By helicopter

The Sky Shuttle helicopter service operates every 15–30 minutes between Macau's Terminal Maritimo and the Hong Kong-Macau Ferry Pier in Hong Kong, as well as five times a day to/from Shenzhen airport. The trip takes just 16 minutes, but tickets cost a whopping HKD4300 one-way, with a extra charge of HKD500 on major holidays.

How to get around in Macau

A view of the city, showing older low-rises in the foreground and some of the new high-rises in the background

Halal Walking Tours in Macau

This is arguably the best way to get around the Macau Peninsula, which is small, compact and full of things to discover. Many roads are also one way so there is quite a chance that it won't be slower than to take road transport which may need to make a long loop to reach the destination. Most streets have a pedestrian sidewalk making walking easy, although you will have to fight the crowds going in all directions. Cars are more mindful of pedestrians than in mainland China, but traffic rules are still not very well adhered to, so ensure that you look both ways before crossing and be careful of large vehicles in narrow roadways. In and around the Senado Square, the pavements will be made of hand-laid limestone pieces made into simple designs, something that will surely catch your attention. Macau is also hilly, be prepared to struggle up and down steep lanes and steps.

Especially in the old city, the city streets do not seem to run in any particular pattern and you'll most likely get lost at some stage, which is part of the fun of exploring Macau.

In the Cotai strip, distances are large but sidewalks are pretty consistently present. It is now fairly easy to walk between the Galaxy, Venetian and City Dreams casinos, and it is easy to walk between Galaxy and Taipa Village. It is more interesting to take a walk after dark to take a glimpse of the casinos' illuminated façades. Many of the hotels are connected to each other by indoor walkways lined with expensive shops.

Travel on a Bus in Macau

Macau and its districts are served by two bus companies - Transportes Urbanos Macau (Transmac) and Sociedade de Transportes Colectivos de Macau (TCM). The bus system in Macau can be difficult to use. It is often difficult to gauge which direction the bus is heading and the routes through the city center are very curvy, often making a long ride out of a short distance. Bus drivers usually only speak Cantonese, very little English or Mandarin and certainly no Portuguese at all. Most bus stops have no English on signs, although you can sometimes figure out the destination from the Portuguese bus stop names. Some bus stops have route descriptions (with a list of stops) on a rotating pole at the stop and a small coloured dot indicates the stop you're at (including which direction on the route the stop serves). The ferry terminal is "Terminal Maritimo" while other mentions of "Terminal" indicate the terminus (end) of the route. Buses run early morning to late evening, most roughly from 6AM to midnight.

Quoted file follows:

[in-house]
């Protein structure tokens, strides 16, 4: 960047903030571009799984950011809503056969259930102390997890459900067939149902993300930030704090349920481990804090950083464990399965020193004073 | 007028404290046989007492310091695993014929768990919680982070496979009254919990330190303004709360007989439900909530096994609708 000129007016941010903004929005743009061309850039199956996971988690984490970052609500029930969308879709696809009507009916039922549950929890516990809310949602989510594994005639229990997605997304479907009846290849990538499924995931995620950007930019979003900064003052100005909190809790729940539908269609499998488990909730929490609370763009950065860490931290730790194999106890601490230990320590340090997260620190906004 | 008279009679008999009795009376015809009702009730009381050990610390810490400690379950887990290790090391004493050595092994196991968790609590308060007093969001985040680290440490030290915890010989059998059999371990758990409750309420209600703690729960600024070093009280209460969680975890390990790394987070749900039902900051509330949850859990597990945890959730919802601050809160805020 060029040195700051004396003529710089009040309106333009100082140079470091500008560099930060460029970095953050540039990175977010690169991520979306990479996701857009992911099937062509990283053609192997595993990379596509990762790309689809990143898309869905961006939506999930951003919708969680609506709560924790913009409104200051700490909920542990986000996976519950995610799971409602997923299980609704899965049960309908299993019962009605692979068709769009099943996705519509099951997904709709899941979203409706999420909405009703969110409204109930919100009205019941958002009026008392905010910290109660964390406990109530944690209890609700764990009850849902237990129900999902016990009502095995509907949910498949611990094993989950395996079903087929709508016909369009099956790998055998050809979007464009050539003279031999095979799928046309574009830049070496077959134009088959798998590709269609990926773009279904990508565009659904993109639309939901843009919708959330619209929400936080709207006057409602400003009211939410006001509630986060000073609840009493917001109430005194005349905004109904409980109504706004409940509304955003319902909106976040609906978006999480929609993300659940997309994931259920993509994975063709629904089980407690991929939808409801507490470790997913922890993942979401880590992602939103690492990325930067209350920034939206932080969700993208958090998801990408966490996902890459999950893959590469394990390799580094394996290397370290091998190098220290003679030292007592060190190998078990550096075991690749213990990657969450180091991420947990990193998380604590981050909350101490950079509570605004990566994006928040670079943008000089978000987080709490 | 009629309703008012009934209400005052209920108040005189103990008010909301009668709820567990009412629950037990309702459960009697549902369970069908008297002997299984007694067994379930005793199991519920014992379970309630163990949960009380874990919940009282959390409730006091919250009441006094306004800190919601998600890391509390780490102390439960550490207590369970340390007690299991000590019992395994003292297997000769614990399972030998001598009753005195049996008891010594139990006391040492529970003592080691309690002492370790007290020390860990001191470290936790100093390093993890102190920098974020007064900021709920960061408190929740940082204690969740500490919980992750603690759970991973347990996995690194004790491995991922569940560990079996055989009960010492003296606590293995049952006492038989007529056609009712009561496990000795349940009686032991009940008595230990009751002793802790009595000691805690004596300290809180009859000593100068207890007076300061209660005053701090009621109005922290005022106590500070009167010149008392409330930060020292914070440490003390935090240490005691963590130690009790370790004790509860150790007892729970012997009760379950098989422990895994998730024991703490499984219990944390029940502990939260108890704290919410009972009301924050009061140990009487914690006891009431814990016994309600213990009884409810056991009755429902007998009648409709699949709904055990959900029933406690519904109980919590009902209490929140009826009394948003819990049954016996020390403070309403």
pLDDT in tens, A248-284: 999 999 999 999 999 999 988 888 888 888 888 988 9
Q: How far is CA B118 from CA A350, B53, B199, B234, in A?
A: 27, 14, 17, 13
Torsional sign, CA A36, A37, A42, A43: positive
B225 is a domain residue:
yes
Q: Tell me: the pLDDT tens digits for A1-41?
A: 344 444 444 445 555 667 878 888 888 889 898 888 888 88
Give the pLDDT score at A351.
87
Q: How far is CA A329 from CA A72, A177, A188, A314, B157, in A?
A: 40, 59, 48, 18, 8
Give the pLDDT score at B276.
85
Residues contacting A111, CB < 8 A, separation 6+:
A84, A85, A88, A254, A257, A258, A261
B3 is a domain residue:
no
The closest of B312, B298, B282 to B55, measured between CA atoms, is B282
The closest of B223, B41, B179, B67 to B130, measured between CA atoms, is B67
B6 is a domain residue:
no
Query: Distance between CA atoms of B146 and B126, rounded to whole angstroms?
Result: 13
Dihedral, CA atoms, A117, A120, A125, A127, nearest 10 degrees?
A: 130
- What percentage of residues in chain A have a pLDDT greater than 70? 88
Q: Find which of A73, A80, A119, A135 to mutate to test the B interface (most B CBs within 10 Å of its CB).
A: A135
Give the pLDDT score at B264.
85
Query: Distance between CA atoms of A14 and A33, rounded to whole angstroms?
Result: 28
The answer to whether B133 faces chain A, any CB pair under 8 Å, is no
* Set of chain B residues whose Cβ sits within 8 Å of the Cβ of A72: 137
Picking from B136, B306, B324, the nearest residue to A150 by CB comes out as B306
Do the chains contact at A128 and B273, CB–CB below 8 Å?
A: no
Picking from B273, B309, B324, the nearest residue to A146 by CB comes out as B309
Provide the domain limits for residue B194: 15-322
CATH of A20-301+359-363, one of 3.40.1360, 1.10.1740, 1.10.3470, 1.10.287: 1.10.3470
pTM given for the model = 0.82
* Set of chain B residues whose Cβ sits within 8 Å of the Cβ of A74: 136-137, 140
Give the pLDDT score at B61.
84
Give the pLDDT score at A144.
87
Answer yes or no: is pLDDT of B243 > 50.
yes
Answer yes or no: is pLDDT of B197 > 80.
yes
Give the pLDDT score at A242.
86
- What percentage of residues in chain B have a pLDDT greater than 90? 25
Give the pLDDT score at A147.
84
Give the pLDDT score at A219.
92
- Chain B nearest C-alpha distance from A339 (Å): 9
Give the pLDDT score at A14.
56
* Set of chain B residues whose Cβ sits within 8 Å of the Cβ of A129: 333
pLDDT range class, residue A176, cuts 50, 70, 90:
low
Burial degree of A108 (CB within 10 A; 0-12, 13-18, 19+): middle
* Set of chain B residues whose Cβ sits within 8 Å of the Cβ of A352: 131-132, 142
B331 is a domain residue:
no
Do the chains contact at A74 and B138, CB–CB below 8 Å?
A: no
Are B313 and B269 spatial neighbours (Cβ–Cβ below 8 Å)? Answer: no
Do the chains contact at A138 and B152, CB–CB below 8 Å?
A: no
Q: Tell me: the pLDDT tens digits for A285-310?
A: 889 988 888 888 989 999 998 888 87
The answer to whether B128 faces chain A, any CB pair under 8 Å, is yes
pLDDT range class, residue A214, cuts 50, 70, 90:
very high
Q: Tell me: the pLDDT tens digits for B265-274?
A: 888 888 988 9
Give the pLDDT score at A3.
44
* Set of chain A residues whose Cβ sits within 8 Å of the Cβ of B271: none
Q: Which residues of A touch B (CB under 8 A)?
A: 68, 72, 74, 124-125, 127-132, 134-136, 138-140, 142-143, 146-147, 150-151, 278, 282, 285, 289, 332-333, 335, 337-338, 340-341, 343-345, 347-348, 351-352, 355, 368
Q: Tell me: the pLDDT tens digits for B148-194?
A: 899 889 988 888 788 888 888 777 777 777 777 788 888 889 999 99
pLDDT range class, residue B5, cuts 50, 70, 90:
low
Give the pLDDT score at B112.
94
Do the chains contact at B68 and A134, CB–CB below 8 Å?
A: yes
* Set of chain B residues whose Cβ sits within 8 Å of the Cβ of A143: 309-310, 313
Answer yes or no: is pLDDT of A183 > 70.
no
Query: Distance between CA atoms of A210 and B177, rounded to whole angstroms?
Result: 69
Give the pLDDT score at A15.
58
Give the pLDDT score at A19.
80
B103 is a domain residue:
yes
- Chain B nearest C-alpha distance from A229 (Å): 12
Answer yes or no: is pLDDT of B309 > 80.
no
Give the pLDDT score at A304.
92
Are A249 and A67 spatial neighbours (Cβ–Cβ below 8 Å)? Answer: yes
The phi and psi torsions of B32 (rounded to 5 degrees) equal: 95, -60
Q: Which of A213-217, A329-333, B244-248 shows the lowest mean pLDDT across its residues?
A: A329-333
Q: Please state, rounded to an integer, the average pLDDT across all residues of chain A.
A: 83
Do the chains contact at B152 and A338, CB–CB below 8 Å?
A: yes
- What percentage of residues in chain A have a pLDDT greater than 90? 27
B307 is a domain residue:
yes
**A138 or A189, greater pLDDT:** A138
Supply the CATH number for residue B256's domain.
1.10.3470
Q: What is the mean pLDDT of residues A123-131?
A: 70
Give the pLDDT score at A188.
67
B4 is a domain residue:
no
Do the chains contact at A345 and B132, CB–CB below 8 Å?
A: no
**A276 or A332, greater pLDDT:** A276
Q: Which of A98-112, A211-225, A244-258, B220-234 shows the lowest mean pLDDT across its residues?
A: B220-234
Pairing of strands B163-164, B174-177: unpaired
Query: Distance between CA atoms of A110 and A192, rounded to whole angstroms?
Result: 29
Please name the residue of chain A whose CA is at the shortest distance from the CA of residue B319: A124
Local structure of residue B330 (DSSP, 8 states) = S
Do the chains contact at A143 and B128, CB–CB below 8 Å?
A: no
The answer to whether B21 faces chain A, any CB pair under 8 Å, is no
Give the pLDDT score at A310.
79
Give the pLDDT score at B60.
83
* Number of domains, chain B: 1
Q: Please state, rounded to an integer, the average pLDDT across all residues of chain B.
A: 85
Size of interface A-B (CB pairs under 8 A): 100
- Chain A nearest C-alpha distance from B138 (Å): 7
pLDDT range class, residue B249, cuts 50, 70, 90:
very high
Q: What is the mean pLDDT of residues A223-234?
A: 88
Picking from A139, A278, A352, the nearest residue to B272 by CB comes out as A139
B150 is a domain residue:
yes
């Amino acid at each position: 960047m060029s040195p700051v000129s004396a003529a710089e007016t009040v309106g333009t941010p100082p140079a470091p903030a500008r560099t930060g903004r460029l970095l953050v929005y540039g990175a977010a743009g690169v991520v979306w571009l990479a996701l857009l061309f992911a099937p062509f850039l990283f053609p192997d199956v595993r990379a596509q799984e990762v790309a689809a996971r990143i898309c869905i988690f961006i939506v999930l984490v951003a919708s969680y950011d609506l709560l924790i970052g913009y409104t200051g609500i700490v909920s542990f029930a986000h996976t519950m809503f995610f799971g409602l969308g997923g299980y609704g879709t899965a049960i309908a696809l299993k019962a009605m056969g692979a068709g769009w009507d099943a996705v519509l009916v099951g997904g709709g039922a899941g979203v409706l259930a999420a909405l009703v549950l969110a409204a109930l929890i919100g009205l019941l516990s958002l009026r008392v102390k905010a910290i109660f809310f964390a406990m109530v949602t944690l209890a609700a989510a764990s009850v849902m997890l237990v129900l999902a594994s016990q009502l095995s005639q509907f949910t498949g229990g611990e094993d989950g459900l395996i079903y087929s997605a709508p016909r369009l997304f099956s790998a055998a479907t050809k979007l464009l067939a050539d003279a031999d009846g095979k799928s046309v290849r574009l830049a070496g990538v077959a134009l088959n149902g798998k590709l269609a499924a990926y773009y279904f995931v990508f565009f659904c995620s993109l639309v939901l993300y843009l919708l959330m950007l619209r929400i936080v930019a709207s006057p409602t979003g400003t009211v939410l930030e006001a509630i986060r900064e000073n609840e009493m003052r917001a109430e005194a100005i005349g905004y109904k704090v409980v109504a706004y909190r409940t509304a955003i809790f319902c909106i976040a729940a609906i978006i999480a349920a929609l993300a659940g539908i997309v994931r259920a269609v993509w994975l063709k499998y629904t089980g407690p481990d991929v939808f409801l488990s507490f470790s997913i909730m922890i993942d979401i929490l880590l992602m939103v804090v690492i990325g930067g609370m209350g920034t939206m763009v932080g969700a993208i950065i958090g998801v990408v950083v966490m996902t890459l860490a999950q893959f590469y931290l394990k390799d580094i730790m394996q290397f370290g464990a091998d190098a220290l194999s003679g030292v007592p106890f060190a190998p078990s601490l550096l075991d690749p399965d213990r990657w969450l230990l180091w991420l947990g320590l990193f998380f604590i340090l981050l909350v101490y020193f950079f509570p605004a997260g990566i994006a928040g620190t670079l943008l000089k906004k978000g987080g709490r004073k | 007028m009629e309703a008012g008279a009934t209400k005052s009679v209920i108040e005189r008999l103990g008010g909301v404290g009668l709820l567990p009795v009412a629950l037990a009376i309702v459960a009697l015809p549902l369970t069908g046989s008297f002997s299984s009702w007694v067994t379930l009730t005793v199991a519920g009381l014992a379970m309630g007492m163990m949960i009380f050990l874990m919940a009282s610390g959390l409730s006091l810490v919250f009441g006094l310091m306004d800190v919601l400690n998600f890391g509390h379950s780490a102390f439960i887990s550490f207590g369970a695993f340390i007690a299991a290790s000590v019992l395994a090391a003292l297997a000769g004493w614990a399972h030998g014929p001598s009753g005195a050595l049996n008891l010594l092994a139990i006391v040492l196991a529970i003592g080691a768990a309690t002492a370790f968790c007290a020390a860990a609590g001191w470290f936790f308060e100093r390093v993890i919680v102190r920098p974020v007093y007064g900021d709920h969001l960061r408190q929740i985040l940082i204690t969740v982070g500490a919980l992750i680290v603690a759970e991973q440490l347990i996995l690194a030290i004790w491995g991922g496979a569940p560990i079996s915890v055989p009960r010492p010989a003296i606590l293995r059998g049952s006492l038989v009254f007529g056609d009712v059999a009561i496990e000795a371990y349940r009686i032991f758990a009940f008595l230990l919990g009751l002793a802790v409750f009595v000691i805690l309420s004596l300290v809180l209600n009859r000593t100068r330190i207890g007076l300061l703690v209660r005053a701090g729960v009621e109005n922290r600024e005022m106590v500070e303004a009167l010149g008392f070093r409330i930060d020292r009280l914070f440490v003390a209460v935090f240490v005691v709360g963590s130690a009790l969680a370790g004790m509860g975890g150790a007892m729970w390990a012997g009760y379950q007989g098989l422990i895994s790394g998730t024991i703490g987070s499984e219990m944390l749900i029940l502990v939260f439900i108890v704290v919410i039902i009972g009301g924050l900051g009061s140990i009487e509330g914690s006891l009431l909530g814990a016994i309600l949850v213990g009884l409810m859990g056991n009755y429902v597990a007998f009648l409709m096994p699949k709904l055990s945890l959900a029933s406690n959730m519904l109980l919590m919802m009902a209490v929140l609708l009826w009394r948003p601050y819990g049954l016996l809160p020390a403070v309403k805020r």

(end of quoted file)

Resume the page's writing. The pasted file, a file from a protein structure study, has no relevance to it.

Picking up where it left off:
Nevertheless, the websites of both companies list the stops that all their routes make. The TCM site is in Chinese and English, while the Transmac site depicts routes schematically. The tourist information desk at the ferry terminal has free maps with bus routes on them and can provide advice on how to get to a particular destination.

There is a flat fare of MOP6 (2023) for all bus routes. Get your destinations written in Chinese if you need to tell them where you're going. You should pay the exact fare as drivers do not give change if you overpay. Buses accept Hong Kong coins (but not the MOP10 Hong Kong coin).

Announcements on the bus are made in Cantonese, Portuguese, Mandarin, and something that resembles English (but with most of the stop names in Portuguese). Free WiFi is available on the buses for a limited period of time.

Macaupass, a debit card similar to Hong Kong's Octopus Card system, is now widely used by Macau citizens as it provides discounts on paying bus fare (fares with Macaupass are MOP3 for regular routes and MOP4 for express routes, with free transfers). However, it's not worth it for most short-term visitors – distribution points are limited, the minimum value to add when you first get the card is MOP100, and while getting a partial refund is possible, it's inconvenient.

By scooter

No lack of scooters in Macau! Scooters are a very economical and fun way to see the sites of Macau, they are also the primary mode of transport for locals due to Macau's narrow streets and lack of car parking space. Scooters are available for rental from a few dollars. Licenses from most countries covering mopeds or motorcycles are accepted.

By shuttle bus

If you've got more time than money on your hands, you can travel around Macau for free simply by hopping on and off the complimentary shuttle buses operated by all major casinos and hotels. Virtually all serve the Terminal Maritimo, with buses every 5 to 10 minutes, while the big boys (Venetian, Wynn, City of Dreams, Galaxy etc.) also shuttle to the Border Gates, the Taipa Ferry Terminal and the airport. The buses to Hotel Lisboa, for example, drop you off just a few blocks from Largo do Senado. Most of the casinos and hotels offer totally free shuttle buses, but some of the casinos on the waterfront of Old Macau- including The Lisboa, Wynn, and MGM- require users to first spend money in their casinos before getting the tickets.